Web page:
It’s August – the sun is shining (mostly!), Parliament has broken up for the summer and Boris Johnson’s new cabinet have now been in office for over a week.

In Britain in 2019, it is shameful that even one person is homeless.

I have been campaigning to repeal the Vagrancy Act, which criminalises rough sleeping, and to take a more compassionate approach to fixing the homelessness crisis in this country.

Read also: Oxford life expectancy gap is now 15 years

Last week I wrote a letter to Robert Jenrick, the brand-new Secretary of State for Housing, Communities and Local Government, urging him to put his money where this Government’s mouth is and commit long-term funding for the Oxfordshire Trailblazer project.

Trailblazer is a shining example of how we can work together across councils, charities, government, health services and other organisations to take a holistic and compassionate approach to this issue.

However, the vast majority of its funding comes from central Government, and that’s due to run out in September.

Read also: Government cash to help homeless runs out

There are two simple things that Robert Jenrick could do to make tackling homelessness a top priority: commit long-term funding to these prevention schemes, not just temporary ‘pilot’ money; and scrap the cruel, Dickensian Vagrancy Act.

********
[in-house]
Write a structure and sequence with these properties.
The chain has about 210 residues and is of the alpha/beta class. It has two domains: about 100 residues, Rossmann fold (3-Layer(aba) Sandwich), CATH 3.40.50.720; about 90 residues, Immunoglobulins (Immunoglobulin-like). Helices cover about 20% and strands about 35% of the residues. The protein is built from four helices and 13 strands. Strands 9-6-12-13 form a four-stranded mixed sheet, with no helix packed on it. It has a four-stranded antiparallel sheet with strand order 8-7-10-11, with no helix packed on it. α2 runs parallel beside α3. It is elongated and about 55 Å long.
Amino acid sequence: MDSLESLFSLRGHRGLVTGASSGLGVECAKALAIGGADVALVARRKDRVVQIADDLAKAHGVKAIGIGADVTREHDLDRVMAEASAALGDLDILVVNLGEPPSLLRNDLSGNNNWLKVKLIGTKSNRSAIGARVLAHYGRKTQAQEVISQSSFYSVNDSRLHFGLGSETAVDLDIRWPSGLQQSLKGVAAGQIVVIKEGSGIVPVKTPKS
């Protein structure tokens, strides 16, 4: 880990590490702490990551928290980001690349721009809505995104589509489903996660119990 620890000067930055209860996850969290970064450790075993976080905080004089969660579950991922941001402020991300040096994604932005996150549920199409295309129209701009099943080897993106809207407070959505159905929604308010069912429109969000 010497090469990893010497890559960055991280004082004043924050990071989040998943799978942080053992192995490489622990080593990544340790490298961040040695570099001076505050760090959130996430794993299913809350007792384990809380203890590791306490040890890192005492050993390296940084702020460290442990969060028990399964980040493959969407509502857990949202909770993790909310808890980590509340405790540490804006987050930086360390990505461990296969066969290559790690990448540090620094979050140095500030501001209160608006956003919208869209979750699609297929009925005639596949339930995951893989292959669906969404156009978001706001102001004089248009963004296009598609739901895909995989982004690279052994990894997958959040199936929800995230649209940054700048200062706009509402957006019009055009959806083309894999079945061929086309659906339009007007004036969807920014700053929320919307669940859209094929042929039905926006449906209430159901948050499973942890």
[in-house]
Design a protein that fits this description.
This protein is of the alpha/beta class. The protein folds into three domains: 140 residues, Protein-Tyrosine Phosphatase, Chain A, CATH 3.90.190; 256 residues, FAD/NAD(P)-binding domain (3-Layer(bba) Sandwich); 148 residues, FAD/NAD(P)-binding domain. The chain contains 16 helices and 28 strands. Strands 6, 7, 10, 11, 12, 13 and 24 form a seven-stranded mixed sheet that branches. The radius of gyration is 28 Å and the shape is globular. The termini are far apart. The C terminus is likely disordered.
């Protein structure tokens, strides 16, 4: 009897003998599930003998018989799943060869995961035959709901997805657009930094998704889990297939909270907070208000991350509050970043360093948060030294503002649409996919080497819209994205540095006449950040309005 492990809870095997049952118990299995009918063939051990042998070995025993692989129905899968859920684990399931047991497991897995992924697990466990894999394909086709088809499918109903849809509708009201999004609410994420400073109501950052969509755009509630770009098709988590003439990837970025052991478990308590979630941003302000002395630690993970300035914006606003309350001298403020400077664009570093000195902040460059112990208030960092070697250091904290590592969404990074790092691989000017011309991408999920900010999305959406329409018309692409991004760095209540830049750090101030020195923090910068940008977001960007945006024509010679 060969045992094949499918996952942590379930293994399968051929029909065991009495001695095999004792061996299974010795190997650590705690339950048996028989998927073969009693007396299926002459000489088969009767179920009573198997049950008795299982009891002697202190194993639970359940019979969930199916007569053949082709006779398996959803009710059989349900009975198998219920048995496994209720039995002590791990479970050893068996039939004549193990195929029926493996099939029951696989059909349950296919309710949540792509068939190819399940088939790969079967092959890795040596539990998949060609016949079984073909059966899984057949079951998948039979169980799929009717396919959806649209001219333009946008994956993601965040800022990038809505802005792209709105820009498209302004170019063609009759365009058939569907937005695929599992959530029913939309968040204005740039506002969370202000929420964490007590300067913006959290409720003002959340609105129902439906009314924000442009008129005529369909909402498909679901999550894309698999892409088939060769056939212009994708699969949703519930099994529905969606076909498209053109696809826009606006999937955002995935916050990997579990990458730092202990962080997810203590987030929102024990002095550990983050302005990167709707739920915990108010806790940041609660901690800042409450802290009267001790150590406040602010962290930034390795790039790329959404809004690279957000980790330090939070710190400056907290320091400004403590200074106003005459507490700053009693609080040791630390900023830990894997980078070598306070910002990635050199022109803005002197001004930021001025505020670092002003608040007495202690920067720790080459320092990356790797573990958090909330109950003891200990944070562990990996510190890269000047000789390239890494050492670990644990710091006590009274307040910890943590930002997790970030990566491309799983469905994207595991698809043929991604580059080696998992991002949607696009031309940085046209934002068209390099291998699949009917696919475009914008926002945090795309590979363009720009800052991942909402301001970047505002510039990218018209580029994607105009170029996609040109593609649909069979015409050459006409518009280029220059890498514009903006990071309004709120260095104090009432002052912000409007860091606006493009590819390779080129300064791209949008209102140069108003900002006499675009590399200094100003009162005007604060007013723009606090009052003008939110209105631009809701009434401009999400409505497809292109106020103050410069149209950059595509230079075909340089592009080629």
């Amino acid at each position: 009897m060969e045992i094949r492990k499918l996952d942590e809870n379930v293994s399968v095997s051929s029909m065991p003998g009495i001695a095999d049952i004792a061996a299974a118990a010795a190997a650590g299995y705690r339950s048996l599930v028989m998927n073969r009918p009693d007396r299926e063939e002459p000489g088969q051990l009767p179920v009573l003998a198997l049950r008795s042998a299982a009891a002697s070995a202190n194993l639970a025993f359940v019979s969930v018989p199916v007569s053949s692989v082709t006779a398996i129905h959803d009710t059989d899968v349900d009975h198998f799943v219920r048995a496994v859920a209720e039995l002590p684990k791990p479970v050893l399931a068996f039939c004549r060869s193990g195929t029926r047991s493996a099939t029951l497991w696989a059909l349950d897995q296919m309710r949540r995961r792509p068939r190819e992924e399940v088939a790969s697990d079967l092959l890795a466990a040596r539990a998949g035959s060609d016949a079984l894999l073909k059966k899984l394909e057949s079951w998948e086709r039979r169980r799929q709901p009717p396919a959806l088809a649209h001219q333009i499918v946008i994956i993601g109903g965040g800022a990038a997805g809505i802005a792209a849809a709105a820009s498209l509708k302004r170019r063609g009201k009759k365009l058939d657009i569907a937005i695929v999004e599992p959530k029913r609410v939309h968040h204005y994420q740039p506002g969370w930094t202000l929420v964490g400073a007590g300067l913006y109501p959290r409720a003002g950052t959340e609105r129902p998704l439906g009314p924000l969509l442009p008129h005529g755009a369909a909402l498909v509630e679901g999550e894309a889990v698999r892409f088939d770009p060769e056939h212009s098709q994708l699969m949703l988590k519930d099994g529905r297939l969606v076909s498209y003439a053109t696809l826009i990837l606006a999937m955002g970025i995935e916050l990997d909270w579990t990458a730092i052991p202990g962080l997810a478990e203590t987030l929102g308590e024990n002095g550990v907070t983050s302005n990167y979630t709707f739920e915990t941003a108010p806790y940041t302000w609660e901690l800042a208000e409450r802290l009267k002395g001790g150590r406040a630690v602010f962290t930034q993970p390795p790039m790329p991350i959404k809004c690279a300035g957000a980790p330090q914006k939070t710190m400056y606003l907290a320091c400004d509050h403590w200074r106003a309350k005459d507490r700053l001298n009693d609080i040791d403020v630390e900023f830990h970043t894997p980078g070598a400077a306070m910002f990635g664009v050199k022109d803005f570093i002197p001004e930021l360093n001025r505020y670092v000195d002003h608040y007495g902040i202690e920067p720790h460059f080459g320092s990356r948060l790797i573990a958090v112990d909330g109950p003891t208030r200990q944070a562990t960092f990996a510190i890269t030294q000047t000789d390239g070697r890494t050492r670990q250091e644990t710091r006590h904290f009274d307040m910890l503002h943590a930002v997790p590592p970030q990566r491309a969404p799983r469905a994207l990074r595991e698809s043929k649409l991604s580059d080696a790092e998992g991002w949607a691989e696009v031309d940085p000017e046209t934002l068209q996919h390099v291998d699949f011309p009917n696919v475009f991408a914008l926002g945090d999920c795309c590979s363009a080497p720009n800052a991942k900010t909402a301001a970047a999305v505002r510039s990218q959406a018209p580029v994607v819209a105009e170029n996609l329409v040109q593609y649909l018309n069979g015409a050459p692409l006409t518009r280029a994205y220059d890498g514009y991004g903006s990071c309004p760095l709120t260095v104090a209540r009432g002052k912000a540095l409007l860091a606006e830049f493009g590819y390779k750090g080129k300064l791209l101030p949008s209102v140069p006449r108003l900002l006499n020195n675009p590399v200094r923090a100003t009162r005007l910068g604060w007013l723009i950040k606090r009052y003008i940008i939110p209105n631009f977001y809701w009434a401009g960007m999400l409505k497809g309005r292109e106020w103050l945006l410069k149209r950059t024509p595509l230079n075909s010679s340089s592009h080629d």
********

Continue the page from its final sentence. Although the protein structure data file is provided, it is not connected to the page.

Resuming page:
Since my debate in the Commons in February and meetings with Ministers, thousands of people have signed the Lib Dems’ national petition calling on the Government to scrap the Act ( In Westminster I have been working cross-party, with Crisis and other campaign groups, to build support.

As part of this work, I was delighted to host the launch of Crisis’ report into why we must repeal the Vagrancy Act in June in Parliament.

Read also: Police warn that these three cars are at risk of having catalytic converters stolen in Oxford

But we still have a way to go. The Government has launched a review into current legislation in this area, but in the meantime homeless people are dying on our streets. Crisis’ report says that the Vagrancy Act 'does not tackle the problems people have, and there is evidence that it can also push people further from the help they need'.

Homelessness is a national crisis, and we are seeing the effects in our own community here in Oxfordshire. In Oxford, the city council have introduced fines as a way of dealing with rough sleepers, and I’ve been heartened that over a thousand people have signed our local petition to take a more compassionate approach (

Homelessness is a growing emergency in our communities, and I hope the Government will prioritise ending homelessness once and for all.